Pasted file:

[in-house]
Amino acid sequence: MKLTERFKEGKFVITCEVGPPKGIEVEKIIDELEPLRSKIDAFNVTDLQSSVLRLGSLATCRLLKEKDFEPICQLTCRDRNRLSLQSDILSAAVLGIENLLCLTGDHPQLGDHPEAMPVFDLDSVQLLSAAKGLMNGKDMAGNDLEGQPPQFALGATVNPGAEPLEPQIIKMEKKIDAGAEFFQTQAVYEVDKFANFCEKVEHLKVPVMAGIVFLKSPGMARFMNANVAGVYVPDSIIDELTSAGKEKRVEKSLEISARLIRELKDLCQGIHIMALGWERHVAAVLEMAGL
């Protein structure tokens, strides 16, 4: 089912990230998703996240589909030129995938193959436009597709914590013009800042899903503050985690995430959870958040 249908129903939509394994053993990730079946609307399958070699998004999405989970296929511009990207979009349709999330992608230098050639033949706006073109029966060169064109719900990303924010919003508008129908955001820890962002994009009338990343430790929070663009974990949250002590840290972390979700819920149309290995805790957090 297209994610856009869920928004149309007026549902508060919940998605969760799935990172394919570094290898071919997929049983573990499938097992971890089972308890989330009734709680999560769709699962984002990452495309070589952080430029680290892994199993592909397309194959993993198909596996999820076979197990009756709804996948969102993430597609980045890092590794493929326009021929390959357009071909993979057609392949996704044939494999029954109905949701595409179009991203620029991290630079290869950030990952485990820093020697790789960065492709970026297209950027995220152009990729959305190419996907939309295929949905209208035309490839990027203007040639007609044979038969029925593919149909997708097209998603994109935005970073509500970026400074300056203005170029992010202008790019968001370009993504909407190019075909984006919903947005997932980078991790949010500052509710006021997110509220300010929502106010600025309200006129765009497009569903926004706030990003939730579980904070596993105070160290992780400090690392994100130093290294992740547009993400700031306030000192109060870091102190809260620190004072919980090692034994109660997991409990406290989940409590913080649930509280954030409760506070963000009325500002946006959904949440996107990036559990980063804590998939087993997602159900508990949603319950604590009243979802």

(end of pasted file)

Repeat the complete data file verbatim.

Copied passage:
[in-house]
Amino acid sequence: MKLTERFKEGKFVITCEVGPPKGIEVEKIIDELEPLRSKIDAFNVTDLQSSVLRLGSLATCRLLKEKDFEPICQLTCRDRNRLSLQSDILSAAVLGIENLLCLTGDHPQLGDHPEAMPVFDLDSVQLLSAAKGLMNGKDMAGNDLEGQPPQFALGATVNPGAEPLEPQIIKMEKKIDAGAEFFQTQAVYEVDKFANFCEKVEHLKVPVMAGIVFLKSPGMARFMNANVAGVYVPDSIIDELTSAGKEKRVEKSLEISARLIRELKDLCQGIHIMALGWERHVAAVLEMAGL
């Protein structure tokens, strides 16, 4: 089912990230998703996240589909030129995938193959436009597709914590013009800042899903503050985690995430959870958040 249908129903939509394994053993990730079946609307399958070699998004999405989970296929511009990207979009349709999330992608230098050639033949706006073109029966060169064109719900990303924010919003508008129908955001820890962002994009009338990343430790929070663009974990949250002590840290972390979700819920149309290995805790957090 297209994610856009869920928004149309007026549902508060919940998605969760799935990172394919570094290898071919997929049983573990499938097992971890089972308890989330009734709680999560769709699962984002990452495309070589952080430029680290892994199993592909397309194959993993198909596996999820076979197990009756709804996948969102993430597609980045890092590794493929326009021929390959357009071909993979057609392949996704044939494999029954109905949701595409179009991203620029991290630079290869950030990952485990820093020697790789960065492709970026297209950027995220152009990729959305190419996907939309295929949905209208035309490839990027203007040639007609044979038969029925593919149909997708097209998603994109935005970073509500970026400074300056203005170029992010202008790019968001370009993504909407190019075909984006919903947005997932980078991790949010500052509710006021997110509220300010929502106010600025309200006129765009497009569903926004706030990003939730579980904070596993105070160290992780400090690392994100130093290294992740547009993400700031306030000192109060870091102190809260620190004072919980090692034994109660997991409990406290989940409590913080649930509280954030409760506070963000009325500002946006959904949440996107990036559990980063804590998939087993997602159900508990949603319950604590009243979802």